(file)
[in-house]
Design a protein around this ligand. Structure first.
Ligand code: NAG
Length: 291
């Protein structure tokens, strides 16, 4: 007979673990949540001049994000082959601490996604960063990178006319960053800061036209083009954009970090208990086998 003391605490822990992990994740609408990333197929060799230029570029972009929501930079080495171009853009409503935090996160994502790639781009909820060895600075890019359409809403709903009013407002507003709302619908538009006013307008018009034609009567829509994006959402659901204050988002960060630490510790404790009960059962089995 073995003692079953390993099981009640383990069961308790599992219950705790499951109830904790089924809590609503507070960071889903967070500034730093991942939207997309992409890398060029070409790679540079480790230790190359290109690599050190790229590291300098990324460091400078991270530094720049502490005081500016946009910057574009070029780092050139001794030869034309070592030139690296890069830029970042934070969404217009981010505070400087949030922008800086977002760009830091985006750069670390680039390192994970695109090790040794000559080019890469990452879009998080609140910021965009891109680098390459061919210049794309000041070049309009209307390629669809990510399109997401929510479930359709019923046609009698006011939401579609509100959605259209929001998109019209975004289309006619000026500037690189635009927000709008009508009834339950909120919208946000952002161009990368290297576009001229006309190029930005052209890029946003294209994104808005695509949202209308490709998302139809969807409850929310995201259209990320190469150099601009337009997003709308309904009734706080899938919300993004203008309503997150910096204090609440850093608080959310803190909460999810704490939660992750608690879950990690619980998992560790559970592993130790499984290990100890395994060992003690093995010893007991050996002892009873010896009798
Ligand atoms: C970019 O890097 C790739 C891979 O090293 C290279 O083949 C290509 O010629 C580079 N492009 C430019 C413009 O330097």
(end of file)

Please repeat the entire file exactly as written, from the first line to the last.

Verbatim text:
[in-house]
Design a protein around this ligand. Structure first.
Ligand code: NAG
Length: 291
């Protein structure tokens, strides 16, 4: 007979673990949540001049994000082959601490996604960063990178006319960053800061036209083009954009970090208990086998 003391605490822990992990994740609408990333197929060799230029570029972009929501930079080495171009853009409503935090996160994502790639781009909820060895600075890019359409809403709903009013407002507003709302619908538009006013307008018009034609009567829509994006959402659901204050988002960060630490510790404790009960059962089995 073995003692079953390993099981009640383990069961308790599992219950705790499951109830904790089924809590609503507070960071889903967070500034730093991942939207997309992409890398060029070409790679540079480790230790190359290109690599050190790229590291300098990324460091400078991270530094720049502490005081500016946009910057574009070029780092050139001794030869034309070592030139690296890069830029970042934070969404217009981010505070400087949030922008800086977002760009830091985006750069670390680039390192994970695109090790040794000559080019890469990452879009998080609140910021965009891109680098390459061919210049794309000041070049309009209307390629669809990510399109997401929510479930359709019923046609009698006011939401579609509100959605259209929001998109019209975004289309006619000026500037690189635009927000709008009508009834339950909120919208946000952002161009990368290297576009001229006309190029930005052209890029946003294209994104808005695509949202209308490709998302139809969807409850929310995201259209990320190469150099601009337009997003709308309904009734706080899938919300993004203008309503997150910096204090609440850093608080959310803190909460999810704490939660992750608690879950990690619980998992560790559970592993130790499984290990100890395994060992003690093995010893007991050996002892009873010896009798
Ligand atoms: C970019 O890097 C790739 C891979 O090293 C290279 O083949 C290509 O010629 C580079 N492009 C430019 C413009 O330097």